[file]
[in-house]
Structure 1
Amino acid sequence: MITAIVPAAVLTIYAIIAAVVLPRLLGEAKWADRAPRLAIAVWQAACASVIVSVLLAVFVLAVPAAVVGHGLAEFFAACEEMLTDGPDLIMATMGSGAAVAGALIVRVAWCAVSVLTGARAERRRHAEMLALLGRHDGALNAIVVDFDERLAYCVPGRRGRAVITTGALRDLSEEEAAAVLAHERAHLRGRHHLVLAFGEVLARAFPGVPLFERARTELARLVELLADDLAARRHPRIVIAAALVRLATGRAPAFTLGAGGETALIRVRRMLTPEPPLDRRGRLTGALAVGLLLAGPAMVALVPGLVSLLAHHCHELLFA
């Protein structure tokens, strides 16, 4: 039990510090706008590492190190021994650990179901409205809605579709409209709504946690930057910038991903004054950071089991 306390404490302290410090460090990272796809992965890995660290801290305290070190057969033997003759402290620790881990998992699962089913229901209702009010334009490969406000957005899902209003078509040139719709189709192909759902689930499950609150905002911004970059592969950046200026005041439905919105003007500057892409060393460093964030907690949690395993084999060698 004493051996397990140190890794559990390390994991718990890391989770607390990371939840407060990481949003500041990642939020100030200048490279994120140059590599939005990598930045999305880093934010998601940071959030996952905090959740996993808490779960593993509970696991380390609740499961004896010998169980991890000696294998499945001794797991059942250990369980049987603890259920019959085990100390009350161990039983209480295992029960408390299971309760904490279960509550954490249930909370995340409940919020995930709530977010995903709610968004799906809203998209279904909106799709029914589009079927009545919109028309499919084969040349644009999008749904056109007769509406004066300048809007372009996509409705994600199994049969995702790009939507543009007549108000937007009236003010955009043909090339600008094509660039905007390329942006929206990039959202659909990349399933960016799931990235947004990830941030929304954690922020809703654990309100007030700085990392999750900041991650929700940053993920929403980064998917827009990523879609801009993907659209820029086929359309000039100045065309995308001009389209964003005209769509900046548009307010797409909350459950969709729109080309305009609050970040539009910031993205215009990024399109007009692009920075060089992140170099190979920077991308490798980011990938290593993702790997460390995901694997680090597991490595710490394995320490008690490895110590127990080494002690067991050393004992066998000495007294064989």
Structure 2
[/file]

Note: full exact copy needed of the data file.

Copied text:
[in-house]
Structure 1
Amino acid sequence: MITAIVPAAVLTIYAIIAAVVLPRLLGEAKWADRAPRLAIAVWQAACASVIVSVLLAVFVLAVPAAVVGHGLAEFFAACEEMLTDGPDLIMATMGSGAAVAGALIVRVAWCAVSVLTGARAERRRHAEMLALLGRHDGALNAIVVDFDERLAYCVPGRRGRAVITTGALRDLSEEEAAAVLAHERAHLRGRHHLVLAFGEVLARAFPGVPLFERARTELARLVELLADDLAARRHPRIVIAAALVRLATGRAPAFTLGAGGETALIRVRRMLTPEPPLDRRGRLTGALAVGLLLAGPAMVALVPGLVSLLAHHCHELLFA
């Protein structure tokens, strides 16, 4: 039990510090706008590492190190021994650990179901409205809605579709409209709504946690930057910038991903004054950071089991 306390404490302290410090460090990272796809992965890995660290801290305290070190057969033997003759402290620790881990998992699962089913229901209702009010334009490969406000957005899902209003078509040139719709189709192909759902689930499950609150905002911004970059592969950046200026005041439905919105003007500057892409060393460093964030907690949690395993084999060698 004493051996397990140190890794559990390390994991718990890391989770607390990371939840407060990481949003500041990642939020100030200048490279994120140059590599939005990598930045999305880093934010998601940071959030996952905090959740996993808490779960593993509970696991380390609740499961004896010998169980991890000696294998499945001794797991059942250990369980049987603890259920019959085990100390009350161990039983209480295992029960408390299971309760904490279960509550954490249930909370995340409940919020995930709530977010995903709610968004799906809203998209279904909106799709029914589009079927009545919109028309499919084969040349644009999008749904056109007769509406004066300048809007372009996509409705994600199994049969995702790009939507543009007549108000937007009236003010955009043909090339600008094509660039905007390329942006929206990039959202659909990349399933960016799931990235947004990830941030929304954690922020809703654990309100007030700085990392999750900041991650929700940053993920929403980064998917827009990523879609801009993907659209820029086929359309000039100045065309995308001009389209964003005209769509900046548009307010797409909350459950969709729109080309305009609050970040539009910031993205215009990024399109007009692009920075060089992140170099190979920077991308490798980011990938290593993702790997460390995901694997680090597991490595710490394995320490008690490895110590127990080494002690067991050393004992066998000495007294064989």
Structure 2